Gary Olson | Gary Olson | (Tapestry)
3 out of 5 stars
It was inevitable that Gary Olson, the frontman/founder and only consistent member of the well regarded The Ladybug Transistor, would eventually go the solo route. After all, the band with five albums dating from 1996-2011, all on scrappy indie Merge, was always an extension of his vision.
It has taken nearly a decade though for Olson to make that leap.
You have to give him credit for eschewing the comfort of an established group moniker to try and make an impact using his name alone. It’s particularly odd because there is virtually no difference in the direction of his debut compared to the music of his longtime group. That’s not necessarily a problem because Olson’s easy flowing folk-pop (enhanced by his smooth trumpet work) with baroque tinges was unique in the indie field. These eleven selections however could have easily been included in any of his previous Ladybug Transistor albums, or they could have comprised the outfit’s sixth one.
The backstory of this release has Olson collaborating with Norwegian brothers Ole Johannes and Jorn Aleskjaer, friends from the days of their old act Loch Ness Mouse. Over the space of eight years (!), the threesome wrote and recorded these tunes, tracking them in studios located in both Norway and Brooklyn. It seems convoluted, especially since the final product is rather conventional and entirely identifiable as emanating from Olson’s well-defined musical mindset.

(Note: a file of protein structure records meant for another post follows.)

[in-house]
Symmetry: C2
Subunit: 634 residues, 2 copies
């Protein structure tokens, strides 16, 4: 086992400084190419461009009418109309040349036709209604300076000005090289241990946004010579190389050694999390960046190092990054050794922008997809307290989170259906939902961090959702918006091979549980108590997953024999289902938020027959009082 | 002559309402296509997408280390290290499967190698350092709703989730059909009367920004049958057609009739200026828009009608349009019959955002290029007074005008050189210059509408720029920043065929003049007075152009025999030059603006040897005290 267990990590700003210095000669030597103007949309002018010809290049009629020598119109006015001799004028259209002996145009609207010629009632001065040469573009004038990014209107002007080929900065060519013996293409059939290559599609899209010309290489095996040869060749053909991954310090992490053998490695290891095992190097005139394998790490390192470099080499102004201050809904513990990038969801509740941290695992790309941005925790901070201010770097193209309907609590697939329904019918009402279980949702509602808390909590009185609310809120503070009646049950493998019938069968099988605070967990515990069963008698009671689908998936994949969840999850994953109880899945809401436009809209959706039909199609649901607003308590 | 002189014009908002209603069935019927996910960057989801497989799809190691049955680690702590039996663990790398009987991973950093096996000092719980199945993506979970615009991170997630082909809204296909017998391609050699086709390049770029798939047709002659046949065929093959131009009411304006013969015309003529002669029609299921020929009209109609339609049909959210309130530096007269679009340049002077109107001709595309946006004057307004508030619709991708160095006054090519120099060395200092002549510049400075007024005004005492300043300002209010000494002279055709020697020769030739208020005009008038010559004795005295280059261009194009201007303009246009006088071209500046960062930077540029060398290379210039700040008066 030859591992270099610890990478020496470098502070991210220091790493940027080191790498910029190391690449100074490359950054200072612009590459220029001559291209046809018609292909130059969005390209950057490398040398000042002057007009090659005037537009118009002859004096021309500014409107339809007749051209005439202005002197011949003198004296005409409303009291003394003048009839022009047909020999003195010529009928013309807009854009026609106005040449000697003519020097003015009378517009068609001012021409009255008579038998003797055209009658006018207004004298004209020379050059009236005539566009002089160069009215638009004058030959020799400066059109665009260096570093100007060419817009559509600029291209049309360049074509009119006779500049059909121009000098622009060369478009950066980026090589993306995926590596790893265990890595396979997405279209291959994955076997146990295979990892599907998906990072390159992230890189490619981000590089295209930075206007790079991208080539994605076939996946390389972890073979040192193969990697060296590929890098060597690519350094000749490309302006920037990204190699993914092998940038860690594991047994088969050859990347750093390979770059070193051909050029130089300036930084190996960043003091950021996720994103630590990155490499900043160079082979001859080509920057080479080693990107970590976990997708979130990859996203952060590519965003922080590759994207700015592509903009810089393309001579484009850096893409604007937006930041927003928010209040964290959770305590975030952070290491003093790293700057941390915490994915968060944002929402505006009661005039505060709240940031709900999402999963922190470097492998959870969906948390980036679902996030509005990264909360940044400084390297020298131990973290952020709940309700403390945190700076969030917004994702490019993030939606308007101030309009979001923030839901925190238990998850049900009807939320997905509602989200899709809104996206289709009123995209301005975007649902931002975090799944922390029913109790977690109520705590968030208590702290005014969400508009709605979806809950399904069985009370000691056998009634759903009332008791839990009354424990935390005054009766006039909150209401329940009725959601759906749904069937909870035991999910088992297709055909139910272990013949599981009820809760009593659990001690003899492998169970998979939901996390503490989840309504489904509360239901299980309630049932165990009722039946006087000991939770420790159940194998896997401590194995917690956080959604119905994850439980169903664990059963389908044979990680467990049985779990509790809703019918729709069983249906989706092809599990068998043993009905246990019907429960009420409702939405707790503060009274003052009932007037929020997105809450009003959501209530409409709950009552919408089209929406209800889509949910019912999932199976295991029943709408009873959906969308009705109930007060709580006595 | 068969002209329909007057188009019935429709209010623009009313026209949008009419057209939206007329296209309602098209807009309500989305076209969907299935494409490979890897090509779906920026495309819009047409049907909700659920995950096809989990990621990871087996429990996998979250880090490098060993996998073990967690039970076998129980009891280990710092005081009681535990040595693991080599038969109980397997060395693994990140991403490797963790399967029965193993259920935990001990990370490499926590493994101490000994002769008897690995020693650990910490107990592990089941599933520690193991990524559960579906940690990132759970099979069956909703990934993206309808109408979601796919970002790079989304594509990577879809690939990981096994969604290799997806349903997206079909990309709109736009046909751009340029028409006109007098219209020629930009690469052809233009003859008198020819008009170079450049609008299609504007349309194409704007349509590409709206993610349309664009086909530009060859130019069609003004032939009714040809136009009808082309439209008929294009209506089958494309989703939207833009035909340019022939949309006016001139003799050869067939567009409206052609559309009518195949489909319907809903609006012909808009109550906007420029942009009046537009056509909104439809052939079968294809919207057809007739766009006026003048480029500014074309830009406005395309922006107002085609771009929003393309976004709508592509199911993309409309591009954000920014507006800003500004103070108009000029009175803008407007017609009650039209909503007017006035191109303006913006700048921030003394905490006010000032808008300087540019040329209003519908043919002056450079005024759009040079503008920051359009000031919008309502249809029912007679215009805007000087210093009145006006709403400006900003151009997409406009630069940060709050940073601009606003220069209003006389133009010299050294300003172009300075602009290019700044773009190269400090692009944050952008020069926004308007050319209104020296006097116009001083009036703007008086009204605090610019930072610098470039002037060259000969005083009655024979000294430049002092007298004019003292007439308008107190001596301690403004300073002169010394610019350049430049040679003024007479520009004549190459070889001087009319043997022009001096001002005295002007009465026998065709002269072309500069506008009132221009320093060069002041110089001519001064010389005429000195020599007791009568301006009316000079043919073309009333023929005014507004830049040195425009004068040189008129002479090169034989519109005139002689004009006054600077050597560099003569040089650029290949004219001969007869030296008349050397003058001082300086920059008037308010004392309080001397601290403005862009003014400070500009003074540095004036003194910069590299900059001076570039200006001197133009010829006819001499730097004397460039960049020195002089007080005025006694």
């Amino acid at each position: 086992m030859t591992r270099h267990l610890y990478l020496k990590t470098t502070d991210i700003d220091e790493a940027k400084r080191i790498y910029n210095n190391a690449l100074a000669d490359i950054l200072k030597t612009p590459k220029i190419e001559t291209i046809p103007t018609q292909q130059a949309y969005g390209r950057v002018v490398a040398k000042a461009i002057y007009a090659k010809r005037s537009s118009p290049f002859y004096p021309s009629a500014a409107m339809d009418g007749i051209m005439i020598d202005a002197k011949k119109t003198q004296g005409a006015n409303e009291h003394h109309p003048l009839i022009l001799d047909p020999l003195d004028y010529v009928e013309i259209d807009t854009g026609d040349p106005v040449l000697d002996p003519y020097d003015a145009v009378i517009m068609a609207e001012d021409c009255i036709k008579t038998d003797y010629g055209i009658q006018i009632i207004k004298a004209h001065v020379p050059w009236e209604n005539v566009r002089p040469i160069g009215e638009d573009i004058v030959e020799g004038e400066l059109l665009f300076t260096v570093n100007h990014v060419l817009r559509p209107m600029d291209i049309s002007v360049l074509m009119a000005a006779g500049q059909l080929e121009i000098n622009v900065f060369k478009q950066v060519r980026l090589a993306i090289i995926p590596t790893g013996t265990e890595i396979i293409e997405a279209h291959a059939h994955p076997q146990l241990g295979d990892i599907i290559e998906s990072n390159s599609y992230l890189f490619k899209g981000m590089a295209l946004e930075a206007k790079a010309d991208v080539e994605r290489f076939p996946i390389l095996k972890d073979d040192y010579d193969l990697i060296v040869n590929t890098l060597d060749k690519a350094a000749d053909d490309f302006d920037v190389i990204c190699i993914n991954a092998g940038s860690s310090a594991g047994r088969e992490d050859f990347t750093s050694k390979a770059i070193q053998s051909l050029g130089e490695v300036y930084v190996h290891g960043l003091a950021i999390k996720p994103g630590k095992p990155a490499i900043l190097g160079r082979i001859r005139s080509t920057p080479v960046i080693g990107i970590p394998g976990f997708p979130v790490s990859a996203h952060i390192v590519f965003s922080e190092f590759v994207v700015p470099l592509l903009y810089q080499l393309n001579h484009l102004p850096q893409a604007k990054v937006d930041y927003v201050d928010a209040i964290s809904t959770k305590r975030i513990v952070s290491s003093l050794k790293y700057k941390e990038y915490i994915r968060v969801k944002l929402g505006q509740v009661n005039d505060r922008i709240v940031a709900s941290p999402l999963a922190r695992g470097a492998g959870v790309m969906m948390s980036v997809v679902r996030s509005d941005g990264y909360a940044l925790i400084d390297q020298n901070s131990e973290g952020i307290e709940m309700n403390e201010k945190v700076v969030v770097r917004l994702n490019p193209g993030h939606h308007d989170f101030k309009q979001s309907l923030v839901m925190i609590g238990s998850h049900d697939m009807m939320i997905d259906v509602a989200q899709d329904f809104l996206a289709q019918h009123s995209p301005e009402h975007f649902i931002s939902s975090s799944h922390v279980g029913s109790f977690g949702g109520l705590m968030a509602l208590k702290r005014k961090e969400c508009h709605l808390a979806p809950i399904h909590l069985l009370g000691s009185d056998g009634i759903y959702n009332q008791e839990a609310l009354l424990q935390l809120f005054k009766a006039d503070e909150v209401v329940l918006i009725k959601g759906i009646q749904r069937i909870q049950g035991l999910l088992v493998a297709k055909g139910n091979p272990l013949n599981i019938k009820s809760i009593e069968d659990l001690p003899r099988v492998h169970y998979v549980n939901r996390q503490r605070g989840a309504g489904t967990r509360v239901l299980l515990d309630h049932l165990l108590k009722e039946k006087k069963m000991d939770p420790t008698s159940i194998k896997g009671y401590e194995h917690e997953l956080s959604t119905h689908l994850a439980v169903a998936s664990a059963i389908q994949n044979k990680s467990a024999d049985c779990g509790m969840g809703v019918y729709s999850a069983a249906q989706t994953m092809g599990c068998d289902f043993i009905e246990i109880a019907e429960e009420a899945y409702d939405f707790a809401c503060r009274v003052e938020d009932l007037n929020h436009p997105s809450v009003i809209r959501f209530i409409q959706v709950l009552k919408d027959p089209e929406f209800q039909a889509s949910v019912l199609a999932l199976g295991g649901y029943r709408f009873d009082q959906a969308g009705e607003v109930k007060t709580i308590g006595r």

His charming, still boyish, innocent vocals are up front and clear, the compact, tuneful songs glide by with an effortless allure and the production is as fluffy as cumulous clouds on a spring day. Olson’s lyrics continue in their head-scratching vein with “Escape into the parallax/Waiting for the gold collapse/The distance is not far enough for you to understand,” from “Tourists Taking Photographs,” and elsewhere “Giovanna please, please let me go/Minetta Green this token’s gold/They’re off their feet in empty yards/Shuffle in and hustle cars.”
Best to just go with the flow then and let the music wash over you like a warm summer breeze. Imagine a combination of the Go-Betweens, Belle & Sebastian and The Left Banke to get a sense of Olson’s unruffled style. Add an occasional string section and the singer’s hushed mellifluous voice to complete the dreamy equation.
But while the songs don’t sound exactly alike, after almost 40 minutes, they tend to drift together. Each melody seems similar to the one that came before or after it, and often only the exquisite production touches inject individuality into each track. The overriding feeling can be best described as “pleasant.” It’s perfect Sunday morning fare to be enjoyed with small talk on that third cup of coffee.
Perhaps after a nine year break, we should expect a little well, more…or at least something different. Nevertheless, Olson has molded his sound over the years and is taking the “if it ain’t broke, don’t fix it” approach on this perfectly agreeable, if somewhat underwhelming collection.